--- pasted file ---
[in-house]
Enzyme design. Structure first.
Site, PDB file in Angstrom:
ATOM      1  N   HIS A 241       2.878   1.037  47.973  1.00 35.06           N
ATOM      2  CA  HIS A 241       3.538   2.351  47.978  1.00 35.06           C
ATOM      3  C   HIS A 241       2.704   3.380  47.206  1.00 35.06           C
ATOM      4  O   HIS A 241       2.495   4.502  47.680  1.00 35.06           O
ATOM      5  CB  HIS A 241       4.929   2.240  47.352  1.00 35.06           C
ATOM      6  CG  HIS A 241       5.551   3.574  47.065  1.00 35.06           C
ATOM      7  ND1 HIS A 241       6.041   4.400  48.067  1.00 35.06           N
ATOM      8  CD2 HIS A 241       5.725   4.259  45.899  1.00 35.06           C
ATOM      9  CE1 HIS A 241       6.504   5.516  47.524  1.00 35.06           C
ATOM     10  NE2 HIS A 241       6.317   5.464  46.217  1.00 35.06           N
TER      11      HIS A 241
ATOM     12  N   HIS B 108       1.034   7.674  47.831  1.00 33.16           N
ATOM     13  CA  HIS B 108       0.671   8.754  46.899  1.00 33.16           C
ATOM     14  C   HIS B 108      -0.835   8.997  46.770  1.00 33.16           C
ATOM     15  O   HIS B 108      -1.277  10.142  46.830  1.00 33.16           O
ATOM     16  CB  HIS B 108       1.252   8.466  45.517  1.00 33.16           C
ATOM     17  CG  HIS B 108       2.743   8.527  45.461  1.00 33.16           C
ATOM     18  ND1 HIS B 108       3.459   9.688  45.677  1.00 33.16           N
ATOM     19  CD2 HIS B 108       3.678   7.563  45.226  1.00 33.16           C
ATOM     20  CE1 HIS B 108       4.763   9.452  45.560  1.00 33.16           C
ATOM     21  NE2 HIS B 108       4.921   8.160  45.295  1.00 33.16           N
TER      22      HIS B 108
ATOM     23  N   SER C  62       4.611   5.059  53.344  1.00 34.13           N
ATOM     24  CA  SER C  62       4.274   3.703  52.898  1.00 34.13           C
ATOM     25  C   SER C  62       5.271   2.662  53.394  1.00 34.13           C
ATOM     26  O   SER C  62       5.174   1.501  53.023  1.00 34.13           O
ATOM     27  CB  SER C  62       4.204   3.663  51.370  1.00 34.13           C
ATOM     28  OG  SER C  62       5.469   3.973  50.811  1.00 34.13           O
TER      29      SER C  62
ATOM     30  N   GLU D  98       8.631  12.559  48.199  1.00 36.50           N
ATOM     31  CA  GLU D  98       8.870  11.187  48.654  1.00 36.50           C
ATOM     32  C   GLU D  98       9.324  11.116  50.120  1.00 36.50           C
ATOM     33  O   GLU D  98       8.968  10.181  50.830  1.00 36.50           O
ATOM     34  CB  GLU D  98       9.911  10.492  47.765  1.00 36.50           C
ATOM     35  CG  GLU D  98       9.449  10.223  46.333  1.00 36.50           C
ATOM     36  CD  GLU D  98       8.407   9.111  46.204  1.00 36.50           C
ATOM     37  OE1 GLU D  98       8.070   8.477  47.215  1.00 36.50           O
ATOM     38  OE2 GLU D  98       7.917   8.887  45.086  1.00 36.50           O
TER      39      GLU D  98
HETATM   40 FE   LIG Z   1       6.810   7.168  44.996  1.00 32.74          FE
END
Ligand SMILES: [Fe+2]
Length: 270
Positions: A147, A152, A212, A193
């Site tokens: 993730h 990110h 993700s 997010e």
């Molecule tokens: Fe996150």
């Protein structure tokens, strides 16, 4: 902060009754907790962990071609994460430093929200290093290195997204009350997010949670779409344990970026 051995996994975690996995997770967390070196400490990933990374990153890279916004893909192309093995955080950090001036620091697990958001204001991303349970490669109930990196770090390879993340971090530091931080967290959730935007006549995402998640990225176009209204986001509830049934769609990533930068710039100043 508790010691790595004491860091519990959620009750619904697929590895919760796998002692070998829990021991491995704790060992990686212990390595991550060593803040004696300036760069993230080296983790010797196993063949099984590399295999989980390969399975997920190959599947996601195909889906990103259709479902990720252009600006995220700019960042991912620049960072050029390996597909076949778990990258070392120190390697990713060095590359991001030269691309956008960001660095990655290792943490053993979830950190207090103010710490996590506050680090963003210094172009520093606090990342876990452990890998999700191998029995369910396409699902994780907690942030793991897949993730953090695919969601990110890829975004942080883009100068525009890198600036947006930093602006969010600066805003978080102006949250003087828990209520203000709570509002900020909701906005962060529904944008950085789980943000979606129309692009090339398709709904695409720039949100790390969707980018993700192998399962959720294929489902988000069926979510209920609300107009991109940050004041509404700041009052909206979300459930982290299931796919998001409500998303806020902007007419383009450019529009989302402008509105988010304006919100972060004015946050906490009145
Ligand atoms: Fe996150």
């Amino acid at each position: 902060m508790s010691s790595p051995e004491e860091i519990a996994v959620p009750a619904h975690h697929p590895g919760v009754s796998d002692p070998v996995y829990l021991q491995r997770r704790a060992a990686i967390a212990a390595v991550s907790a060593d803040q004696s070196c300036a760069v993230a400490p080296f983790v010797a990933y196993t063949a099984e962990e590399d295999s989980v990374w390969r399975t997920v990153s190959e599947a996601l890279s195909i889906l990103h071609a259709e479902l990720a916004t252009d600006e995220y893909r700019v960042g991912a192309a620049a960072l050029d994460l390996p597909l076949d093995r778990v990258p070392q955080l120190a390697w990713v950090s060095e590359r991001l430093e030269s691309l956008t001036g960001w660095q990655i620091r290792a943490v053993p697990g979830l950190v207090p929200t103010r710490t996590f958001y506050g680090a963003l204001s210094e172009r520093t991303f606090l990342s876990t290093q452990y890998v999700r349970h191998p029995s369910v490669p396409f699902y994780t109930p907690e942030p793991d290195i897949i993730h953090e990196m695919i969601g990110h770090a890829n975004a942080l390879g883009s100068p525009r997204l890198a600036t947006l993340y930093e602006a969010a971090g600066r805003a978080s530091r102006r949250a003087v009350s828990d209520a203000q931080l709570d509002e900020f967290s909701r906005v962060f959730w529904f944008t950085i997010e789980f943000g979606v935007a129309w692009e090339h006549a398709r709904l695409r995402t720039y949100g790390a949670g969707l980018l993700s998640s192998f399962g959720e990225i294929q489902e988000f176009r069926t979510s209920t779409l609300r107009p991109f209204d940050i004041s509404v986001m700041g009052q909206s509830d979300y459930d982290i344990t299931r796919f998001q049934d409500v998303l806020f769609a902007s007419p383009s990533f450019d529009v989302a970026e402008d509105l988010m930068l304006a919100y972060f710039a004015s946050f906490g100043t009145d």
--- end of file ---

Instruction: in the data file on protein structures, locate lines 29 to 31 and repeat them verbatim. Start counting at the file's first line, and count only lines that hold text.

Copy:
ATOM     26  O   SER C  62       5.174   1.501  53.023  1.00 34.13           O
ATOM     27  CB  SER C  62       4.204   3.663  51.370  1.00 34.13           C
ATOM     28  OG  SER C  62       5.469   3.973  50.811  1.00 34.13           O